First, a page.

You know that feeling of being jumbled, frazzled and unfocused with your mind spinning on a thousand things? The old “monkey mind?”
Ever find yourself starting a show that way? Not intentionally, of course, but realizing half-way through your first song that your mind is wandering?
Maybe you catch yourself thinking about your set list, your chord changes, your lyrics, your bandmates, or maybe you catch yourself anticipating the audience’s cheers and applause before you finish the song?
It happens. It’s natural. But it’s a reactive habit (rather than a “proactive” one), and it’s definitely not a good way to be/feel before you take the stage or before pressing “record” in the studio.
Instead, being centered with a very still and focused mind is the way to go. And if you master this little step, it will pay dividends in all your performances. You’ll be fully present and in the moment with your audience.
But it takes practice. Repeated practice. Training your mind to quiet down on cue is easier said than done.
The key is to practice finding this centered place again and again so that when the time comes to “switch it on,” it’s natural, and you default to quiet calm, rather than defaulting to being frazzled.
How to practice disciplining your mind
- Practice stillness by sitting quietly and just focusing on one of your senses — like just listening to the sounds around you and any time you notice your mind starts going again, refocus on the sounds. (Even if you have to do that multiple times every 10 seconds.)
- Get yourself out into nature and turn off all electronic devices, even no music. Disconnect from everything and experience the stillness in nature (see the video above)
- Develop the discipline of concentrating on one task at a time, such as when you wash the dishes (assuming you do) REALLY wash the dishes. Don’t let your mind wander. Be the dish! (just kidding)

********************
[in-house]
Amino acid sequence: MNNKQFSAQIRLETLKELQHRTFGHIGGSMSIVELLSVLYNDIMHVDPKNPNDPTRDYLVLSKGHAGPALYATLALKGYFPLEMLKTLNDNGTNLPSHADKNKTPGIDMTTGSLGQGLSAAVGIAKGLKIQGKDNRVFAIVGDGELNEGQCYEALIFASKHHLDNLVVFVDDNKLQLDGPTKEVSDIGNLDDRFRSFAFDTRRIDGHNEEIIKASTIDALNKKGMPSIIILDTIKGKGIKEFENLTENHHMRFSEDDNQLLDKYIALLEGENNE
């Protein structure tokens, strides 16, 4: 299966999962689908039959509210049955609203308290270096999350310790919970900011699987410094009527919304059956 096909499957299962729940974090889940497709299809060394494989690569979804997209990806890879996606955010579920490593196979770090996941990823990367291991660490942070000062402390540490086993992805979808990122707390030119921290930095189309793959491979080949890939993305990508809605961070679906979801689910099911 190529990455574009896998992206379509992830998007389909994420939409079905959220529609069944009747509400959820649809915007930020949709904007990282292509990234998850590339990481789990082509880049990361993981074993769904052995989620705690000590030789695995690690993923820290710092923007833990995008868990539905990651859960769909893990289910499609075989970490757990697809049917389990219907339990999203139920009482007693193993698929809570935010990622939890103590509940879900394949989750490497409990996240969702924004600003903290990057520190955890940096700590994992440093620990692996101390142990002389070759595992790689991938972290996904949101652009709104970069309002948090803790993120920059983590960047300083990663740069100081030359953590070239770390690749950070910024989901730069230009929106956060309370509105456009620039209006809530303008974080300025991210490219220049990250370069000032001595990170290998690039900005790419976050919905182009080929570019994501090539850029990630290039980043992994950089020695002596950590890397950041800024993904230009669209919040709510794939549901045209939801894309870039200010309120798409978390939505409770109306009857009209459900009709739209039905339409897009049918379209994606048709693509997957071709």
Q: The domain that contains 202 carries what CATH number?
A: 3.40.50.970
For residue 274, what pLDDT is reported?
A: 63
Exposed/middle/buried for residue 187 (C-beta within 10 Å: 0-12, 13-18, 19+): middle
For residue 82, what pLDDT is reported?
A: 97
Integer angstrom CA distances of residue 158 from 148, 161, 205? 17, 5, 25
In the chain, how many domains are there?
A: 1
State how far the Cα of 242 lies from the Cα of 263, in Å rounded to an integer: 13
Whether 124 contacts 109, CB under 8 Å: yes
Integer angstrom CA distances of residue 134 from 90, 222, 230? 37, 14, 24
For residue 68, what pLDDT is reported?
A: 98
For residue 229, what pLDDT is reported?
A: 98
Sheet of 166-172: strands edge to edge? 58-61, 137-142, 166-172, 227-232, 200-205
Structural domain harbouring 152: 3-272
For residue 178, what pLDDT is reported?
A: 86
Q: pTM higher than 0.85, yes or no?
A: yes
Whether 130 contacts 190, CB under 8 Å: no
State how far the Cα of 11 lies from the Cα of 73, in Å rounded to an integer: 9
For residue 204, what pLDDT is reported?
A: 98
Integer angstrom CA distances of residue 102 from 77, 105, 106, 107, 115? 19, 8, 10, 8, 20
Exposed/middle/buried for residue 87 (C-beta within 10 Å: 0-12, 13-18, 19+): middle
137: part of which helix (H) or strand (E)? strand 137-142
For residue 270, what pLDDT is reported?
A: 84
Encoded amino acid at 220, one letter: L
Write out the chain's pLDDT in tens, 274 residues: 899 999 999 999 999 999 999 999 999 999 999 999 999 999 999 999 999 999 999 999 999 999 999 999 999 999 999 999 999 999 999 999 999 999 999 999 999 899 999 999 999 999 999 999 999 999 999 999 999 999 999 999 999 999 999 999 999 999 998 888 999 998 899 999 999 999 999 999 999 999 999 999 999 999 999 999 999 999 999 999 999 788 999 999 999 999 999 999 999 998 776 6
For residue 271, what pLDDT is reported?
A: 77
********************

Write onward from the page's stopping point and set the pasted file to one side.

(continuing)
All these things will help you discipline your mind so that when you ask it to focus, it will.
I have to think about something, right?
Now that you’ve quieted your mind, the second part is you need to know what to focus on before you walk on stage.
First, you need to know that you are there on stage to communicate something. (And that something is different for every single song. And there can be many things within each song.)
You may find that there are dozens of things for you to communicate, so where do you start? And how will you ever remember it all?
It’s easy. Just focus on the first moment, when you walk out on stage. Discipline yourself to be completely focused on that. Even if it is saying hello. You know how to say hello.
And if you’ve done your homework to be clear on the next task, you’ll do that one and then the next. Moment by moment.
And the final thing you need to attain the power of stillness is trust.
You must be able to trust that if you release trying to think about everything and just be still in the moment, that (1) all will be OK, that (2) you will be safe and taken care of and that (3) your innate abilities will emerge.
Being a whirling dervish of activity and thought will only cloud and disperse your power.
My personal technique before taking the stage
1. I make a commitment to myself that I’m leaving the venue, theater or studio feeling good about myself regardless of what happens during the performance. In doing that, I make my self-esteem and self-worth independent of my performance.
2. I remind myself that I’m there to communicate something. And I get clear about what that “something” is. I generally have an “overall communication” I want to make and then specific moment-to-moment things I want to communicate.
3. Immediately before I begin, I make sure I know the very first thing I want to communicate. And then I even let that out of my head, and I take a moment of stillness to gather myself.
How to Make a BIGGER Difference in Your Shows in 2011
Starting next Wednesday, Jan 5, I’ll be teaching a brand new 6-week voice and performance course online. It’s called “The Science of Switching On: Virtual Training Course,” and I’m super excited to offer it.
We’ll be covering the mental game in detail for artists, musicians, and stage performers, along with better singing techniques, strategies to design your set list, dealing with stage fright, and a deep dive into “The Science of Switching On” — all my very best material in a 6-week e-course you can take in your PJs.
Want to be a part of the course? Check out the details and register here
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Excellent tip, Steven, thanks! Finding stillness and quieting your mind is so important in all aspects of life. While it’s awesome to find those moments in nature whenever possible, I also try to meditate for 15-20 minutes several times a week. When I am consistent with this one exercise, life seems to go much smoother and I am able to deliver more powerful performances in all areas of my life. Here’s to the power of quiet…